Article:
Spending on nonresidential construction projects declined for the second month in a row in April as contractors cope with an all-time high for job openings, according to analysis of federal data by both the Associated General Contractors of America and Associated Builders and Contractors.
“Nonresidential construction spending is being held back by a paucity of qualified workers, not a lack of projects,” said Ken Simonson, AGC’s chief economist. “With job openings at an all-time high and the industry’s unemployment rate at the lowest ever for April, finding workers is contractors’ top concern.”
Job openings in the construction industry at the end of April exceeded 475,000, nearly a 40 percent increase from April 2021 and the highest total for any month in the series, dating back to December 2000, according to AGC.
Simonson said a major reason unfilled positions were at an all-time high was that the unemployment rate for jobseekers with construction experience set a record low for April of 4.6 percent.
As an indication of a marketplace that still favors employees as opposed to employers, construction workers quit their jobs at a faster rate than they were laid off or discharged in April. The quit rate of 2.9% was meaningfully above the layoff/discharge rate of 1.5%. April represented the 14th consecutive month during which quits outpaced or equaled layoffs and discharges.
According to both associations, workforce shortages are now so severe they are undermining construction activity in 2022.
“The report also suggests that wage pressures will continue to help stoke economywide inflation,” said ABC Chief Economist Anirban Basu. “That increases the chances that the Federal Reserve will continue to pursue a path of tightening monetary policy. Accordingly, contractors will face both rising delivery costs and cost of capital.”
“The desperate search for skilled construction workers persists,” Basu said. “The number of available, unfilled construction jobs continues to expand. Remarkably, this is occurring despite a lack of strong construction spending growth, which suggests that construction productivity is not expanding. What is expanding is compensation costs, as employers compete aggressively with one another to secure sufficient levels of human capital.”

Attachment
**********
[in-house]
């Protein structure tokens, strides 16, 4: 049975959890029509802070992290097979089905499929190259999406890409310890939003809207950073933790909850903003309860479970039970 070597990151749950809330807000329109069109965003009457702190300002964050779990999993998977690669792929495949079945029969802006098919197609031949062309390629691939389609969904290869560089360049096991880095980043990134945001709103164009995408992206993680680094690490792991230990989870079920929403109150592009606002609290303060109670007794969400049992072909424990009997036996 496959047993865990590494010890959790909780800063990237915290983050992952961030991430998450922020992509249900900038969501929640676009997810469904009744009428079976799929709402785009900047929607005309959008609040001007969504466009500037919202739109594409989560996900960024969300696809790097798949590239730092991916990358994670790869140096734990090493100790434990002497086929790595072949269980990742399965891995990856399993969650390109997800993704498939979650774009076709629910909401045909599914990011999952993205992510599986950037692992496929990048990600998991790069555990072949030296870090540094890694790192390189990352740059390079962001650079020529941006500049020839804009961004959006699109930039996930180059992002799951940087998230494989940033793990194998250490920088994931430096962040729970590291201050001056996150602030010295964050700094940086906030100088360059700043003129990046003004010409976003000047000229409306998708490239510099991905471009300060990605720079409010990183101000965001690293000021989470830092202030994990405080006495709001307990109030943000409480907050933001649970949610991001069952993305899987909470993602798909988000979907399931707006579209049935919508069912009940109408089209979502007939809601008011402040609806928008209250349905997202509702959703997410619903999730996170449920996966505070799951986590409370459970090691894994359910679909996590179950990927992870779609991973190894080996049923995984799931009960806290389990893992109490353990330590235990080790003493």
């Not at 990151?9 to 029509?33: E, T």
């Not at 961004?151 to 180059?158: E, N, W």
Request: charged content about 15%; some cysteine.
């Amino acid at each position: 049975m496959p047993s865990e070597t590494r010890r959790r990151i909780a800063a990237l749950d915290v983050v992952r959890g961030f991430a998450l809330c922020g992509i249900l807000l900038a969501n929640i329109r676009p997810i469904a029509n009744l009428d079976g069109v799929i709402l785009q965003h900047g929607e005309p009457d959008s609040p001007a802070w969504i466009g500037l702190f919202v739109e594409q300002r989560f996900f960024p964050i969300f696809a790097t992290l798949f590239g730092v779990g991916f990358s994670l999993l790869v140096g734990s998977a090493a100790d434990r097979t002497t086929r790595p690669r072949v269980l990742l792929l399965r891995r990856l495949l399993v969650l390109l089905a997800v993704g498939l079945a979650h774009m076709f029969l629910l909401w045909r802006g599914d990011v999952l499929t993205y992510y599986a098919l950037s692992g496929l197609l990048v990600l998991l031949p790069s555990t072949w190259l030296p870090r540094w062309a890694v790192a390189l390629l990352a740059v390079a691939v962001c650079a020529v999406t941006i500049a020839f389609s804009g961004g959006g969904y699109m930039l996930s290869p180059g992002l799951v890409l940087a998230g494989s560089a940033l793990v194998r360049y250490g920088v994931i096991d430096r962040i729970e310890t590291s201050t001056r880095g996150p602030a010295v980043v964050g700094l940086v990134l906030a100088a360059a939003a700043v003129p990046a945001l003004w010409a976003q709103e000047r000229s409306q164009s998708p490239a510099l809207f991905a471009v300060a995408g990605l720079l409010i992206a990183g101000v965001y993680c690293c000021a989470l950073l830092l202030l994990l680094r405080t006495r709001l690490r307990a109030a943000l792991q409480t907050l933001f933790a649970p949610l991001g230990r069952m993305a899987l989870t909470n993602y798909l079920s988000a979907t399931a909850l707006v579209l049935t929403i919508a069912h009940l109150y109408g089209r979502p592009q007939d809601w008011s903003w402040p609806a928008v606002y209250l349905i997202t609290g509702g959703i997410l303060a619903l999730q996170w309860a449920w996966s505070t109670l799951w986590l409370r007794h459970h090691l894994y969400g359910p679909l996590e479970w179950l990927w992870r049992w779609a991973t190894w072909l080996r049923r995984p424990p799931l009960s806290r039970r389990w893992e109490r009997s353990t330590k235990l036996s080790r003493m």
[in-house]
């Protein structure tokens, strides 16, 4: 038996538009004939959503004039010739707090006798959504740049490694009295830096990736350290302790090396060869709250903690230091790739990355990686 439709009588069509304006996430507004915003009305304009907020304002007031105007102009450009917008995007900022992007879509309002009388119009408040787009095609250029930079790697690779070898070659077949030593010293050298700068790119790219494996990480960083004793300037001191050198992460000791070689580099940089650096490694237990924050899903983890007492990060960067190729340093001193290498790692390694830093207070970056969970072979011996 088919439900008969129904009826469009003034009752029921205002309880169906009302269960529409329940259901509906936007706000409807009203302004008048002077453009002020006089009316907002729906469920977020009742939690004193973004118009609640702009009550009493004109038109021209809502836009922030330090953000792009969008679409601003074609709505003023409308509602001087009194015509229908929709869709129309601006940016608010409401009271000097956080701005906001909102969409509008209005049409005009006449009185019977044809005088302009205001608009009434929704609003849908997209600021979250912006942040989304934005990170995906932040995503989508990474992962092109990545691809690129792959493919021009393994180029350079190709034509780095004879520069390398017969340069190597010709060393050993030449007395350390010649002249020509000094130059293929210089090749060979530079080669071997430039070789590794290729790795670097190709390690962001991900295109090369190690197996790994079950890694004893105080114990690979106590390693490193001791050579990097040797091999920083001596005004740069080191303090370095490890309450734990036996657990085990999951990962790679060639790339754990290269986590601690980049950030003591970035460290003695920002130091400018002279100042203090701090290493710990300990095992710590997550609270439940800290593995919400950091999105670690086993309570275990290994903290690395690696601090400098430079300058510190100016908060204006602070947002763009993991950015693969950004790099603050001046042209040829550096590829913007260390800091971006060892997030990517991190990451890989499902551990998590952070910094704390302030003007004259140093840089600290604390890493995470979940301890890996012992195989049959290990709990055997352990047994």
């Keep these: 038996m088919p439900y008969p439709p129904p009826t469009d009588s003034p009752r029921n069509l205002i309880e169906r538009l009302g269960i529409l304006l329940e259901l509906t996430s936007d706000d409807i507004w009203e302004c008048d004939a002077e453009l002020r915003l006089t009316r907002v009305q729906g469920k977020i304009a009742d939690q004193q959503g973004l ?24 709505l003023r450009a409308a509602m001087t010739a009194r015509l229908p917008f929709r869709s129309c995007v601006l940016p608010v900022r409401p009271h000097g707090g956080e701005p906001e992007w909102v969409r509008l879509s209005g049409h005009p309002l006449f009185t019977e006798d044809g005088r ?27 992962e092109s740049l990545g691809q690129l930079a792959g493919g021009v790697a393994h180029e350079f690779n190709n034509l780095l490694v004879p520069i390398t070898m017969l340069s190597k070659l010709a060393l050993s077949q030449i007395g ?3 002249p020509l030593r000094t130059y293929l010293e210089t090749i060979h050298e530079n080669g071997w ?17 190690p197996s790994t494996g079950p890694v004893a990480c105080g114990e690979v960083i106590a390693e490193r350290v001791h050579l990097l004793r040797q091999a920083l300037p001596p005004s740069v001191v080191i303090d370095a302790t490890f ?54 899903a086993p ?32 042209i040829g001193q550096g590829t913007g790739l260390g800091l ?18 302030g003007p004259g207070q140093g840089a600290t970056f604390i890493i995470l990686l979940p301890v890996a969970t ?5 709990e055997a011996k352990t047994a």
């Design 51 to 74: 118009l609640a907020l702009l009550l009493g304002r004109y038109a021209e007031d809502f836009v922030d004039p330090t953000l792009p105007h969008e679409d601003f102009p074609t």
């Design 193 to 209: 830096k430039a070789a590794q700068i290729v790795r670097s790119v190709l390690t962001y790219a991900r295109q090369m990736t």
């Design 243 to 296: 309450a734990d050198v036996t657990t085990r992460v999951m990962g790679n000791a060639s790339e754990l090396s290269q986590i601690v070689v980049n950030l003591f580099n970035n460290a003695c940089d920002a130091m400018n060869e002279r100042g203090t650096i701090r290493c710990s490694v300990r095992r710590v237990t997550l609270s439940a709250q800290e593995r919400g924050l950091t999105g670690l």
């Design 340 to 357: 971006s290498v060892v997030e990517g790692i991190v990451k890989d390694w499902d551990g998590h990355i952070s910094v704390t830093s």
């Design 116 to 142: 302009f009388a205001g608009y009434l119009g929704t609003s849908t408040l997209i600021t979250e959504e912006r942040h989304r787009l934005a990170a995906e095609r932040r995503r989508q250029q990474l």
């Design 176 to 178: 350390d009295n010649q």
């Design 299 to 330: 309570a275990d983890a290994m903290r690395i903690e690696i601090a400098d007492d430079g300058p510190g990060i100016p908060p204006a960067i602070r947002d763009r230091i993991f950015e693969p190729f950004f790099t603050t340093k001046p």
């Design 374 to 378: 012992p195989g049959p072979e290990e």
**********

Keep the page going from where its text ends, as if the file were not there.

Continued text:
The downturn in nonresidential construction spending has been widespread. According to the associations, the largest segment, power – comprising electric, oil and gas projects – slipped 1.5 percent in April. Highway and street construction edged down 0.2 percent. Spending on commercial construction – warehouse, retail and farm projects – and on education structures each declined 0.4 percent. Among the five largest segments, only manufacturing construction increased, by 1.7 percent, propelled by a variety of factory projects.
“Despite upbeat contractor sentiment, nonresidential construction spending has been sliding during recent months,” said Basu. “The situation is even worse given that construction spending is measured in nominal terms, and therefore does not account for rapidly rising materials prices and compensation costs, which have put downward pressure on profit margins.”
Despite the overall decline in spending, there are reasons for contractors to remain upbeat.
“A number of segments hammered by the pandemic showed signs of life in April, with spending in both the lodging and amusement/recreation categories increasing on a monthly basis,” Basu said. “Construction related to manufacturing also continues to rise as suppliers desperately strive to keep up with demand and reshoring momentum persists.”